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From Spectrum to Beam in Iraq Organizational Adaptation: Combat, Stability, and Beyond

Serena, Chad (2010) From Spectrum to Beam in Iraq Organizational Adaptation: Combat, Stability, and Beyond. Doctoral Dissertation, University of Pittsburgh. (Unpublished)

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On 20 March 2003, the United States Army participated in the invasion of Iraq as part of Operation IRAQI FREEDOM (OIF). Despite the announcement from the deck of the USS Abraham Lincoln of the end of major combat operations on 1 May 2003, the U.S. Army is still conducting maneuvers and missions throughout the cities and desert plains of Iraq. Fundamentally, the U.S. Army was incapable of translating initial combat success into the accomplishment of strategic objectives and political victory. What emerged from tactical and operational victories against Iraqi forces was not a stable democratic peace; instead, Iraq plunged into a long and complex insurgency that fused the spectrum of conflict into a single beam where the full range of military operations had to be performed nearly simultaneously.Combating and defeating this insurgency required a capacity for conducting simultaneous full spectrum operations in a competitive environment populated by highly adaptive foes. But the U.S. Army was unprepared for this task. A Cycle of Mutual Adaptation between hierarchical and vertically integrated organizations and networked and horizontally integrated competitors ensued. The latter was predisposed to organizational adaptation and conducting networked operations in a decentralized fashion; the former was predisposed to quickly vanquishing threats along prescriptive plans with centralized command and control systems. How this competition unfolded and the implications of this process are the subject of this study.Although the insurgency in Iraq has largely been quelled, the cyclical and competitive process producing this tenuous stability has raised serious questions regarding the efficacy of post-Cold War and post-9/11 strategies, force structures, doctrine, training, and the U.S. Army's organizational capacity for adaptation in light of national interests, strategic requirements, and institutional legacies. This study charts the historical factors contributing to the Cycle of Mutual Adaptation in OIF, analyzes this cycle, gives an assessment of the international security environment in the wake of this conflict, and concludes with policy recommendations for improving the U.S. Army's capacity for organizational adaptation in the 21st Century.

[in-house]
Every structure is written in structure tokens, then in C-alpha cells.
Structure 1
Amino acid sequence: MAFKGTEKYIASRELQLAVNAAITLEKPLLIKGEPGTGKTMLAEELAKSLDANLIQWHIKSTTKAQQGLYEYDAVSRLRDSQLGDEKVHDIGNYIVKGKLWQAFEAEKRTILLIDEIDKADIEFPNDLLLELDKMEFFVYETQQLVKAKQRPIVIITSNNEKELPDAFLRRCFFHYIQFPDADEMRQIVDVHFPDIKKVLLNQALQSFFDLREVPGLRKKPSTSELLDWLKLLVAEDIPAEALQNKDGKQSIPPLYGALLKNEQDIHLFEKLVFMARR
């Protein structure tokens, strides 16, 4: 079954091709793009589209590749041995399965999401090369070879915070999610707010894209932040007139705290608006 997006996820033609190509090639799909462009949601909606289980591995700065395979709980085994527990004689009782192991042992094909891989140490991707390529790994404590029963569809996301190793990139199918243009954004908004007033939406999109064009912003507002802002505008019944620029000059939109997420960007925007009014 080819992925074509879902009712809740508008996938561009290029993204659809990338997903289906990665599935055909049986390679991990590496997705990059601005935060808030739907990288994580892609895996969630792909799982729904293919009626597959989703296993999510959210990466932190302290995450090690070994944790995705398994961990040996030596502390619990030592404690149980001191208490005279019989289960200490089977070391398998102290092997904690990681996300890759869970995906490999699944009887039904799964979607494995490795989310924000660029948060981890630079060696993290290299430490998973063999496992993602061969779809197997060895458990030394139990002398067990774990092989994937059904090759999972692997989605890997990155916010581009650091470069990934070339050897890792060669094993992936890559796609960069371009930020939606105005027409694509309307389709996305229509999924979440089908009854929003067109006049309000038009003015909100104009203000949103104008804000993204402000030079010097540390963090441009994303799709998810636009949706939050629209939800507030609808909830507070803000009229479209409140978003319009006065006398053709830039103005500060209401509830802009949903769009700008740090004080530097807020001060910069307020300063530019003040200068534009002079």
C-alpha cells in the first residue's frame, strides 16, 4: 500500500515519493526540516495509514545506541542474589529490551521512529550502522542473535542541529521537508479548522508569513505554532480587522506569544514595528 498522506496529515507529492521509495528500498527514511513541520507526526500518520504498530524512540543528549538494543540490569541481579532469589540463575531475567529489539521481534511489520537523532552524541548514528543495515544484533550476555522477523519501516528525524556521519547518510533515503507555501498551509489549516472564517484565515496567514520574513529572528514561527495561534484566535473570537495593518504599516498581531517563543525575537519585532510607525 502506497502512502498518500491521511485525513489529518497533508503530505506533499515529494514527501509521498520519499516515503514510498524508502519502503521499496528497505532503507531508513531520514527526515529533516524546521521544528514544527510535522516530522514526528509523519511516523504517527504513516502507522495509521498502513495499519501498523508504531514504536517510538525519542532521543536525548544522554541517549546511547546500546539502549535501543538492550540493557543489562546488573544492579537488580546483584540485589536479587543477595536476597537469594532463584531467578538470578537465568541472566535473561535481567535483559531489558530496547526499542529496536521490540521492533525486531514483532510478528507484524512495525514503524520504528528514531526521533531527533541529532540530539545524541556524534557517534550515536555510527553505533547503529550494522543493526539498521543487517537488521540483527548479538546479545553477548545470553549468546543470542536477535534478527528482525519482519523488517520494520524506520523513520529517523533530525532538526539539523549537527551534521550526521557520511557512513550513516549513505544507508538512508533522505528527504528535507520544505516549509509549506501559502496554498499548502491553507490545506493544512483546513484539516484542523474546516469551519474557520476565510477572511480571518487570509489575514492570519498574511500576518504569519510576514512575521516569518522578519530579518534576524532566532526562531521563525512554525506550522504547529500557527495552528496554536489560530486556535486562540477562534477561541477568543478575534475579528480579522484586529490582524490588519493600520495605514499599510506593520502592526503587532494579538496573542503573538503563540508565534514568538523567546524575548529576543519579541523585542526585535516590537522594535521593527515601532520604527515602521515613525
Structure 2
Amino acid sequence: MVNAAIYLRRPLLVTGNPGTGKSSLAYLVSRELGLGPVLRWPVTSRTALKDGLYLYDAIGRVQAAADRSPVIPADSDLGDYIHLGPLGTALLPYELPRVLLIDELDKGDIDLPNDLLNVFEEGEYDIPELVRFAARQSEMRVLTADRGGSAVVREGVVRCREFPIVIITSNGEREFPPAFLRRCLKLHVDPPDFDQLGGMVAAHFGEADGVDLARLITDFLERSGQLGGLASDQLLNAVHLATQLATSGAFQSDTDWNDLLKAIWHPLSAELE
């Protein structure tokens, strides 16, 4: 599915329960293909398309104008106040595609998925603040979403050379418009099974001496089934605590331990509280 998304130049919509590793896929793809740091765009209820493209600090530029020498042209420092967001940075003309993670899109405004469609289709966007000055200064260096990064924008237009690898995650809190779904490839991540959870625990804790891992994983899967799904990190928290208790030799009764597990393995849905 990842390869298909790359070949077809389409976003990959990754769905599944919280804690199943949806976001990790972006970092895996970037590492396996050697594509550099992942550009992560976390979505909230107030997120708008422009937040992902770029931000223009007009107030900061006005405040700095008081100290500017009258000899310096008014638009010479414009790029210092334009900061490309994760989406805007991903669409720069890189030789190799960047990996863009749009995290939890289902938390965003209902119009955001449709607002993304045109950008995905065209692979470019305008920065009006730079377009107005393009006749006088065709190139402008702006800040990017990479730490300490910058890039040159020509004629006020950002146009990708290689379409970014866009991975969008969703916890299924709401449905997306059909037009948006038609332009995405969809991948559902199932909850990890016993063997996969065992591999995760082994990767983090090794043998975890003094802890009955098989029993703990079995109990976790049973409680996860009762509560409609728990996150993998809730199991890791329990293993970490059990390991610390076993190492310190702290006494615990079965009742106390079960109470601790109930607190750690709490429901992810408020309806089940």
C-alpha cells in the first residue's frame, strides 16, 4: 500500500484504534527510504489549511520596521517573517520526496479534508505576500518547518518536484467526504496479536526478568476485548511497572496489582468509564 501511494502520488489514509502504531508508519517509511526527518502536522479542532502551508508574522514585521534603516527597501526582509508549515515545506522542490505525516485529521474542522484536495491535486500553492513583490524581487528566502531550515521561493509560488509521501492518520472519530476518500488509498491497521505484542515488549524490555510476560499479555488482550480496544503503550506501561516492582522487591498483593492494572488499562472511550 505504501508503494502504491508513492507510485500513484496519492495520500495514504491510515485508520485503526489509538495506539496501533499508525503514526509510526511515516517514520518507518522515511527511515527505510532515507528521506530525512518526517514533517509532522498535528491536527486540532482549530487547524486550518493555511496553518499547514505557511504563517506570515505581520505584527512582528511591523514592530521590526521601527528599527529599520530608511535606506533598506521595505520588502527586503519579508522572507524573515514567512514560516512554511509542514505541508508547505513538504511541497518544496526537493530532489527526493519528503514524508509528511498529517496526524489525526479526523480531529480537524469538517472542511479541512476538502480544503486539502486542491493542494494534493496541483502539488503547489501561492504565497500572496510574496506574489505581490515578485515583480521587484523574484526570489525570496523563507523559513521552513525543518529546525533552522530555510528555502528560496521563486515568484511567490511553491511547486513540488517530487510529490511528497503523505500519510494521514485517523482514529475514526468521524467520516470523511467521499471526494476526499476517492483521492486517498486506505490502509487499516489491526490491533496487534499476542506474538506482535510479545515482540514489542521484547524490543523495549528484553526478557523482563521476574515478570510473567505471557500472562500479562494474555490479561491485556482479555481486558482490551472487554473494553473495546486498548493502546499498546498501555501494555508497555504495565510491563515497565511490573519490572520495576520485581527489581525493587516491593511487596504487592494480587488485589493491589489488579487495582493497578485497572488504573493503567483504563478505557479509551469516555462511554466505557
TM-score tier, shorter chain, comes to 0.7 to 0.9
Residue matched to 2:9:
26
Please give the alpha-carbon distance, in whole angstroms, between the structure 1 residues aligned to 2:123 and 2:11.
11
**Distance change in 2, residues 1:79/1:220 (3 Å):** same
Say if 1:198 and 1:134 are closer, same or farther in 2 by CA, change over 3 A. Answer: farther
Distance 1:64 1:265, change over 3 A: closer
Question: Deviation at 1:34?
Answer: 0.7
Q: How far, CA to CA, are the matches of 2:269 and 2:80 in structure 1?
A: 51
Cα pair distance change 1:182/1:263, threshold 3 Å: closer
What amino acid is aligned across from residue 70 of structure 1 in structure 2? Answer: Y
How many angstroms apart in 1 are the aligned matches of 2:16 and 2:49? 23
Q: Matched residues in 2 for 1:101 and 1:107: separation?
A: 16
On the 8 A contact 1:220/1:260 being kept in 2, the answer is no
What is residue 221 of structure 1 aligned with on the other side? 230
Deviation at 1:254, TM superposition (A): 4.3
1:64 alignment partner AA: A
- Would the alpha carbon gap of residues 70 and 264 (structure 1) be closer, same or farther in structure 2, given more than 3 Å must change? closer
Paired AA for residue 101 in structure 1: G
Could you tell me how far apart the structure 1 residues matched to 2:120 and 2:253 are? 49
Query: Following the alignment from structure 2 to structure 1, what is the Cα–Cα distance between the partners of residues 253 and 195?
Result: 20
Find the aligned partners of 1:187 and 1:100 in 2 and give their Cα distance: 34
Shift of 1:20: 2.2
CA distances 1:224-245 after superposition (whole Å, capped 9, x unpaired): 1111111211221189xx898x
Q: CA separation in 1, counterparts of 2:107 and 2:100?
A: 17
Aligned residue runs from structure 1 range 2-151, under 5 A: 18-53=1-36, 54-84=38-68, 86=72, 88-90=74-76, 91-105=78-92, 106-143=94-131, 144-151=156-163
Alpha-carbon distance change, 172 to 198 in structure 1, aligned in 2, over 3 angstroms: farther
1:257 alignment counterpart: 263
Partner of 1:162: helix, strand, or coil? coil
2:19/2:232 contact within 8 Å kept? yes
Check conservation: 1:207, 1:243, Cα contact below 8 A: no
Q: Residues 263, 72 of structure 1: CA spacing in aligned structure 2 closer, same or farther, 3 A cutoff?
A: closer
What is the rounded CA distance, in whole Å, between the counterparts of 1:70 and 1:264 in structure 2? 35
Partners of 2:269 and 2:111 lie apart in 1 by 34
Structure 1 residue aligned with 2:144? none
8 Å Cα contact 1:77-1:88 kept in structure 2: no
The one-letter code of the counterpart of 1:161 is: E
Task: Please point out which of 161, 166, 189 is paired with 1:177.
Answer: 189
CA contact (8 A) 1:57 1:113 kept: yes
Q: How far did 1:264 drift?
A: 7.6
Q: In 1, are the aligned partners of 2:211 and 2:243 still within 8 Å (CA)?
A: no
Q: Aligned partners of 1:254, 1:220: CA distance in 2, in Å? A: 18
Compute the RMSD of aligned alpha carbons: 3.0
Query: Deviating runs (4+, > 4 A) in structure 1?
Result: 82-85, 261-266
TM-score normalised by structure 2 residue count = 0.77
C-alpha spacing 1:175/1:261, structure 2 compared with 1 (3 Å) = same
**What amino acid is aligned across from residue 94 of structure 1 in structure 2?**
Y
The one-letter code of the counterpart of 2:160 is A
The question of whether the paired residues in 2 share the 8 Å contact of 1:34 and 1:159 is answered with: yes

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Item Type: University of Pittsburgh ETD
Status: Unpublished
CreatorsEmailPitt UsernameORCID
ETD Committee:
TitleMemberEmail AddressPitt UsernameORCID
Committee ChairWilliams,
Committee MemberGormley, Dennis
Committee MemberGoldstein, Donald Mgoldy@pitt.eduGOLDY
Committee MemberMetz,
Date: 29 June 2010
Date Type: Completion
Defense Date: 2 April 2010
Approval Date: 29 June 2010
Submission Date: 3 April 2010
Access Restriction: 5 year -- Restrict access to University of Pittsburgh for a period of 5 years.
Institution: University of Pittsburgh
Schools and Programs: Graduate School of Public and International Affairs > Public and International Affairs
Degree: PhD - Doctor of Philosophy
Thesis Type: Doctoral Dissertation
Refereed: Yes
Uncontrolled Keywords: Insurgency; Iraq; Organizational Adaptation; U.S. Army
Other ID:, etd-04032010-110011
Date Deposited: 10 Nov 2011 19:33
Last Modified: 15 Nov 2016 13:38


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